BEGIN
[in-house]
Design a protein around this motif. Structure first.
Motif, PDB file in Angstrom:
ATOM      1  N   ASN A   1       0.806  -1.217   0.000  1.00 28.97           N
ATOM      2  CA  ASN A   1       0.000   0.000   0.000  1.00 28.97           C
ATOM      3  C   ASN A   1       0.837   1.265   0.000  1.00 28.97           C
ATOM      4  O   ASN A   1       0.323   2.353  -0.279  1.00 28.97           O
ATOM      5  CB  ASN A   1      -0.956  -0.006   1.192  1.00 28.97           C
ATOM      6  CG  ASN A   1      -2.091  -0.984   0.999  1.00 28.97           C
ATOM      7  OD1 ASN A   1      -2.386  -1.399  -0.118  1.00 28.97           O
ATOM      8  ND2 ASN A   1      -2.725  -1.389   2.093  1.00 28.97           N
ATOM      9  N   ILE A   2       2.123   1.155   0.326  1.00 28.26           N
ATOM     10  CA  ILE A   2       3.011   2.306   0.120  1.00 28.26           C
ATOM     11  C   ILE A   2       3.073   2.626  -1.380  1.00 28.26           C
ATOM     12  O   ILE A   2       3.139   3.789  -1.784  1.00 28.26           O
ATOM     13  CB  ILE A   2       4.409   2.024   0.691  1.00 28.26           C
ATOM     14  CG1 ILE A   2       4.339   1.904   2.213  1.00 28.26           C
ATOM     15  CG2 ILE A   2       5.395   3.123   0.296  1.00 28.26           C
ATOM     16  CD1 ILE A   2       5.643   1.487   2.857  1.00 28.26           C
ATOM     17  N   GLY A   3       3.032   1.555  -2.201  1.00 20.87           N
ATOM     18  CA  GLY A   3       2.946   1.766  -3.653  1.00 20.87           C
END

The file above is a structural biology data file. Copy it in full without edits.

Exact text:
[in-house]
Design a protein around this motif. Structure first.
Motif, PDB file in Angstrom:
ATOM      1  N   ASN A   1       0.806  -1.217   0.000  1.00 28.97           N
ATOM      2  CA  ASN A   1       0.000   0.000   0.000  1.00 28.97           C
ATOM      3  C   ASN A   1       0.837   1.265   0.000  1.00 28.97           C
ATOM      4  O   ASN A   1       0.323   2.353  -0.279  1.00 28.97           O
ATOM      5  CB  ASN A   1      -0.956  -0.006   1.192  1.00 28.97           C
ATOM      6  CG  ASN A   1      -2.091  -0.984   0.999  1.00 28.97           C
ATOM      7  OD1 ASN A   1      -2.386  -1.399  -0.118  1.00 28.97           O
ATOM      8  ND2 ASN A   1      -2.725  -1.389   2.093  1.00 28.97           N
ATOM      9  N   ILE A   2       2.123   1.155   0.326  1.00 28.26           N
ATOM     10  CA  ILE A   2       3.011   2.306   0.120  1.00 28.26           C
ATOM     11  C   ILE A   2       3.073   2.626  -1.380  1.00 28.26           C
ATOM     12  O   ILE A   2       3.139   3.789  -1.784  1.00 28.26           O
ATOM     13  CB  ILE A   2       4.409   2.024   0.691  1.00 28.26           C
ATOM     14  CG1 ILE A   2       4.339   1.904   2.213  1.00 28.26           C
ATOM     15  CG2 ILE A   2       5.395   3.123   0.296  1.00 28.26           C
ATOM     16  CD1 ILE A   2       5.643   1.487   2.857  1.00 28.26           C
ATOM     17  N   GLY A   3       3.032   1.555  -2.201  1.00 20.87           N
ATOM     18  CA  GLY A   3       2.946   1.766  -3.653  1.00 20.87           C